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Trader Joe's Kalamata EVOO

post #1 of 9
Thread Starter 
Has anyone tried this oil? Does it taste like Kalamata olives? Any comments on quality and taste would be appreciated.

Thanks!

shel
post #2 of 9
Shel-
Kalamatas make a very nice oil, but since the olive olives are cured and the crushed ones are not, the oil doesn't have the same flavor.

We have pretty much settled on TJ's "First Lady Reserve" unfiltered Italian EVOO. Good flavor and reasonable price. They don't specify a type of oilve.

Mike
travelling gourmand
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travelling gourmand
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post #3 of 9
Maybe it's because I'm Italian I don't really know. Yet I find the Greek olive oils all to be very harsh or bitter.... especially the Extra Virgin. The Spanish seem weak by contrast as well. Maybe it's what I have bought or the storage practices of the markets but I've not been to impressed so far. Haven't decided if the varietal oils like Kalamata are worth the purchase yet

It's really the "Pure Italian" or a couple of the blends out there I/we have come to like. Still a big fan of Colavita and I think the Whole Foods 365 brand we buy is one of the blends. I end up cutting most of my olive oils with Enova or Smart Balance anyhow. First is to make it more affordable and second is to get some of the benefits of the "healthy oils".:smiles:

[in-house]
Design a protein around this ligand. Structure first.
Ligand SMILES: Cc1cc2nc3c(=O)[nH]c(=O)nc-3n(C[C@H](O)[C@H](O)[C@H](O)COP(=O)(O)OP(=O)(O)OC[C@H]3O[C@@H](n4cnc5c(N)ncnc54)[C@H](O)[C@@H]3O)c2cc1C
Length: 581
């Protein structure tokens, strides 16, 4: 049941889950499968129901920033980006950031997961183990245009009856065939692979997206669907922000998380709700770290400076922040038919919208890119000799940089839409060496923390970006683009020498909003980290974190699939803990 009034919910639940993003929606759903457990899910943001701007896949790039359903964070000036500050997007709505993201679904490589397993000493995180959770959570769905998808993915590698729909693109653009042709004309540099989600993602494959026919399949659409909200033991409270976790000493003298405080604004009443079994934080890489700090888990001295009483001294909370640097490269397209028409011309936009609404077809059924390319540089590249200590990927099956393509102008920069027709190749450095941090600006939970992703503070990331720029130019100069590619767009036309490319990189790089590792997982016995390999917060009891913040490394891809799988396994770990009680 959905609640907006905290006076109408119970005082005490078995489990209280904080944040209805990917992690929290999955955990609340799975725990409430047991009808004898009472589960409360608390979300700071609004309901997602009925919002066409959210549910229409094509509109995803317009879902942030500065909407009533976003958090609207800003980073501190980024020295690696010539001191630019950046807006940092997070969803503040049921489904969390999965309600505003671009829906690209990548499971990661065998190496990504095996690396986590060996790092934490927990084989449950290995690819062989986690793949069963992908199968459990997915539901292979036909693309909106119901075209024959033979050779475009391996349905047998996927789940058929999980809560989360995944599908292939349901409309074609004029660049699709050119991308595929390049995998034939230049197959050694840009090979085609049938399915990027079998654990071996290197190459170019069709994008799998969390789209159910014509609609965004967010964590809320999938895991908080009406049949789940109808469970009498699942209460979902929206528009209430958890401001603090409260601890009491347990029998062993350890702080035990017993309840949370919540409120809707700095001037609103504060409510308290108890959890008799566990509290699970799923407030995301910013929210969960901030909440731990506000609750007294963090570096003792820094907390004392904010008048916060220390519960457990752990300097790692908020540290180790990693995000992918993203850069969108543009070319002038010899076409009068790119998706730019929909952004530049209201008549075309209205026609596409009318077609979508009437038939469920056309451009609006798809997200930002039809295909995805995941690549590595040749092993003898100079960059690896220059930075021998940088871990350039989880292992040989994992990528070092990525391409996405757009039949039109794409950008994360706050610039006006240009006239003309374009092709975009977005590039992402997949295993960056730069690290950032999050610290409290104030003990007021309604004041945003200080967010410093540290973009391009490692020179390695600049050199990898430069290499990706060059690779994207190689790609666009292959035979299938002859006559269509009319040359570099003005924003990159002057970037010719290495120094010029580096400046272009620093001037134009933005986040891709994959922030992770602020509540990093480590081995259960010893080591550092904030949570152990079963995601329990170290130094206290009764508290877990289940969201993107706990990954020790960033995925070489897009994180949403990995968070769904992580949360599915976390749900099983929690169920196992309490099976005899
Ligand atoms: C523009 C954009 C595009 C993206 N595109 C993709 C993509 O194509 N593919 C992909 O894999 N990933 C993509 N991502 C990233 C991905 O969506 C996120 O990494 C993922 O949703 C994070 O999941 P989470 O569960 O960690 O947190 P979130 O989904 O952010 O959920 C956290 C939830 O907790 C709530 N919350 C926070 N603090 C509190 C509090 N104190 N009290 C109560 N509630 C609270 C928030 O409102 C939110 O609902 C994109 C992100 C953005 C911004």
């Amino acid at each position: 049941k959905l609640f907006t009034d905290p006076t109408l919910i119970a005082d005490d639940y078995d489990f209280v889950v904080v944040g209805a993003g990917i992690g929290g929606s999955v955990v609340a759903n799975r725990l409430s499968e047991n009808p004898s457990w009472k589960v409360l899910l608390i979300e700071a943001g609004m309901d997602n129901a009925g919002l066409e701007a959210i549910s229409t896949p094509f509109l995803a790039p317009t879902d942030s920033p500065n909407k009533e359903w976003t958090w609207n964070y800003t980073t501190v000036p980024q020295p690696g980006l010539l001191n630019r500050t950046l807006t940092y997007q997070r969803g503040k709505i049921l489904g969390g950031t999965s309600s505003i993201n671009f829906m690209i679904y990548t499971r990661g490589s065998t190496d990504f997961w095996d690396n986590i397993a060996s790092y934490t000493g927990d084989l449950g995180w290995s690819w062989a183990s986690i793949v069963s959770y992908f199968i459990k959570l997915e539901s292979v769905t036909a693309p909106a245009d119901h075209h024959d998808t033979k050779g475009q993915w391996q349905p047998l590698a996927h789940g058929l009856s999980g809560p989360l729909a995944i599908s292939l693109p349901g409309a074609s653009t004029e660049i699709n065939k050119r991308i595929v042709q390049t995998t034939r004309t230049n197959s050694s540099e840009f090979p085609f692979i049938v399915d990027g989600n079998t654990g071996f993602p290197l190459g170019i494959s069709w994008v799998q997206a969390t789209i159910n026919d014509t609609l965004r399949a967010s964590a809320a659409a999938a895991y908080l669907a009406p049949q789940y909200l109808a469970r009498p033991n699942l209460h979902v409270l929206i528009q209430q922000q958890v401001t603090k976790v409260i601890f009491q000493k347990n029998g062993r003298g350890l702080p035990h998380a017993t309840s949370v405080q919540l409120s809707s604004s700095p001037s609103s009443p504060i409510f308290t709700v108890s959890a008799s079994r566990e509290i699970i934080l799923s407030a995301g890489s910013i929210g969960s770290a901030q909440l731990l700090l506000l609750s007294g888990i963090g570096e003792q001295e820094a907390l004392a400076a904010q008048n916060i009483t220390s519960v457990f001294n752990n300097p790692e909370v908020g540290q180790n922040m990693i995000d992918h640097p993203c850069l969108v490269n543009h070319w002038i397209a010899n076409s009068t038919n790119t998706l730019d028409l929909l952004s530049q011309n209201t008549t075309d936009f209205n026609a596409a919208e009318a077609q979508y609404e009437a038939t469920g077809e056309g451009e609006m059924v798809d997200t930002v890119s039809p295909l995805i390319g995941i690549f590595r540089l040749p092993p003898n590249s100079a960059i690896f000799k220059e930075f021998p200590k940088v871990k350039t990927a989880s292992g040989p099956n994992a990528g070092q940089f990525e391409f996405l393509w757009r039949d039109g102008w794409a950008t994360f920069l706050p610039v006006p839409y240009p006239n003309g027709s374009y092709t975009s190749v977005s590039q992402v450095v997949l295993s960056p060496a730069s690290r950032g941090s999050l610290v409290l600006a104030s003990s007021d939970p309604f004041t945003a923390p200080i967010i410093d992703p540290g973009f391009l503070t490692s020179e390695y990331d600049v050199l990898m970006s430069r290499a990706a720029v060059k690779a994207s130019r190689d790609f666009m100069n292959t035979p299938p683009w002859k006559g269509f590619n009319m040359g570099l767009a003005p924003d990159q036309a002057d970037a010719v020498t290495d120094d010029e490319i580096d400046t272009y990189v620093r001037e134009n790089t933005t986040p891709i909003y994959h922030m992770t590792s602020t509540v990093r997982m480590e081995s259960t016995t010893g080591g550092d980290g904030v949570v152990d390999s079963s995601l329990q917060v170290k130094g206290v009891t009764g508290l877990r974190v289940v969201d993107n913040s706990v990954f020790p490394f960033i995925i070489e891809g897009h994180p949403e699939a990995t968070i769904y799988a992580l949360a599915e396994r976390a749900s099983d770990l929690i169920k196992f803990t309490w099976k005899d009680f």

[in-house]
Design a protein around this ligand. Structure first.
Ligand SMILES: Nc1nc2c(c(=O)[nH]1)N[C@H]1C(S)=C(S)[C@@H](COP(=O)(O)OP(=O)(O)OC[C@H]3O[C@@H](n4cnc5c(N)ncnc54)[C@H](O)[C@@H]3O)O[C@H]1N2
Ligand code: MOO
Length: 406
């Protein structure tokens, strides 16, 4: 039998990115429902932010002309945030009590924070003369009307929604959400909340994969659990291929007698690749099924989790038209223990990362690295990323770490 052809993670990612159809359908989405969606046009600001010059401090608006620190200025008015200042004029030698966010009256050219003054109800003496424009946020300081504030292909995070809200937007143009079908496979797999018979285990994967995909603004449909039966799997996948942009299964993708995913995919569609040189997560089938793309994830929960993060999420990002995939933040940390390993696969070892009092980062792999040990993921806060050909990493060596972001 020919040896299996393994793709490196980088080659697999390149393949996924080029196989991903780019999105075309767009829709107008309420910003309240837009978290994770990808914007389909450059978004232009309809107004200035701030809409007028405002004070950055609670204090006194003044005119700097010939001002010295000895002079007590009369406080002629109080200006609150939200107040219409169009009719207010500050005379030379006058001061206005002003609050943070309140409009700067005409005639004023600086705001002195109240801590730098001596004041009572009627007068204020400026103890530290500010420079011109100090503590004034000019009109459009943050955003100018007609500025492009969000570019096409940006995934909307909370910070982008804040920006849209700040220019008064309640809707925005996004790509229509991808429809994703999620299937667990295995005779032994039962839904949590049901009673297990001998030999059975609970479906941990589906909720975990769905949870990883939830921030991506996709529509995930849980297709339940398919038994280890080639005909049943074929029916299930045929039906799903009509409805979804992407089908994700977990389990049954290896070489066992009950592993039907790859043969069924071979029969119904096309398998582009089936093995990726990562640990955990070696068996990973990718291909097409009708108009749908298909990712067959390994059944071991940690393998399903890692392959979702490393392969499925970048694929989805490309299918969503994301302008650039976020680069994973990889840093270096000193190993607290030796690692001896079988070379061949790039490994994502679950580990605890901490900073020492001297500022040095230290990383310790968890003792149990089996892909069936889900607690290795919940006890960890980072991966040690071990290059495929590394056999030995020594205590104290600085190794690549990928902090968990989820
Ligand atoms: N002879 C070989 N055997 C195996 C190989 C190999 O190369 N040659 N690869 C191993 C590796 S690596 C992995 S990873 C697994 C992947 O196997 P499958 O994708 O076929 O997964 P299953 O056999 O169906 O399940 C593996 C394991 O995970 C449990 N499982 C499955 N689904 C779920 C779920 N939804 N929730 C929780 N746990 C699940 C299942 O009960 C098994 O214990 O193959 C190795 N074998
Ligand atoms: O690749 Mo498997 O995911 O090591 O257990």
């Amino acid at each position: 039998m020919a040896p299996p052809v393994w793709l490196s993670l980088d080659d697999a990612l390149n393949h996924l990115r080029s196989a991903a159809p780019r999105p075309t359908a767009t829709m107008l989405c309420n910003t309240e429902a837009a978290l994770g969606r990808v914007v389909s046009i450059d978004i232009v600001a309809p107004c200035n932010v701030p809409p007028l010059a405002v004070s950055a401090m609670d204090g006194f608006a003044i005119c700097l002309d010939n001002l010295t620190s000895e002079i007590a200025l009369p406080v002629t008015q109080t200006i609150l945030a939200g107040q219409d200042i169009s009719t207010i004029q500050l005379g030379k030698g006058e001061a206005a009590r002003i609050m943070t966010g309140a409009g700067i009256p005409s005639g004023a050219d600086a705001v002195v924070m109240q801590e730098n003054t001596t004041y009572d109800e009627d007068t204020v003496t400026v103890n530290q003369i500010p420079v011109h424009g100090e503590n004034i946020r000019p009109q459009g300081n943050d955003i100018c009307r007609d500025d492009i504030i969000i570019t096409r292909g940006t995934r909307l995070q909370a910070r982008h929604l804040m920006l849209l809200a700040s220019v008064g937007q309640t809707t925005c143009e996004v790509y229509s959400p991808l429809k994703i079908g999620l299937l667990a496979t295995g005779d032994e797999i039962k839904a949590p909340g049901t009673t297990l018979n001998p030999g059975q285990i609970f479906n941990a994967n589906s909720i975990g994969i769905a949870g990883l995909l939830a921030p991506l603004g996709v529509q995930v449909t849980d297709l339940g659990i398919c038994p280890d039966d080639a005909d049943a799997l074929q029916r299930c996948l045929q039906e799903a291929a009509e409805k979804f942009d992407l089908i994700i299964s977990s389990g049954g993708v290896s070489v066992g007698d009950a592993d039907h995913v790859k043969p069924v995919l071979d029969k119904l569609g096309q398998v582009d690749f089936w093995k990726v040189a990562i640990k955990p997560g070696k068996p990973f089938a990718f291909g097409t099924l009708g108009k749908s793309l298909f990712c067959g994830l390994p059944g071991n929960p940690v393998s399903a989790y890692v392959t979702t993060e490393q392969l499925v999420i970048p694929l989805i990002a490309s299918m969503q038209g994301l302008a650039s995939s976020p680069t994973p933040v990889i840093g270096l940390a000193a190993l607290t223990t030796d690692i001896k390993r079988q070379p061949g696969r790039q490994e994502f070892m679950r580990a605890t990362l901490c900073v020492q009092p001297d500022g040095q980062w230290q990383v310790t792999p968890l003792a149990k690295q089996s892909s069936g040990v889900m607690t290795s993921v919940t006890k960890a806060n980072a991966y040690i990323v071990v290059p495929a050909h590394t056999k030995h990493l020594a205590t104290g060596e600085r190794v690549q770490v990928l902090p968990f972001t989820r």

post #4 of 9
Never been to a Trader Joe's, Shel, so am not familiar with that product.

Is it a varietal oil, made from Kalamata olives? Or is it what in Sicily (and maybe other places) is known as black oil. If the latter, you can easily make it yourself:

Start with equal parts, by weight, of pitted black olives (I happened to have used Kalamata, when I tried this) and evoo.

Partially dehydrate the olives in a 170F oven for about four hours.

Puree the olives and oil in a food processor, filter out the solids, and reserve the oil.

You want to use this fairly quickly, so don't make too much at once. Three or four ounces each of oil and olives is a good quantity at any one time.
They have taken the oath of the brother in blood, in leavened bread and salt. Rudyard Kipling
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They have taken the oath of the brother in blood, in leavened bread and salt. Rudyard Kipling
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post #5 of 9
Thread Starter 
Yes ...

Wow! That sounds like a nice rainy day project. Thanks for the tip!

shel
post #6 of 9
Thread Starter 
I've had some amazing Spanish oils, just as I've had some terrible Italian oils.

shel
post #7 of 9
Thread Starter 
Thanks! Good point ....

shel
post #8 of 9
One thing I might add though, is that EVOO turns bitter when it's heated rapidly and introduced to as much friction as a blender puts out. Use something like grapeseed then finish with olive oil.
post #9 of 9
That may be more theoretical than real, Chad. Or maybe you do generate heat if you turn the FP on and let it rip?

I've made all sorts of infused oils with that method, and never had the oil turn bitter. But I pulse the machine, rather then letting it run steady, and maybe that has an effect?
They have taken the oath of the brother in blood, in leavened bread and salt. Rudyard Kipling
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They have taken the oath of the brother in blood, in leavened bread and salt. Rudyard Kipling
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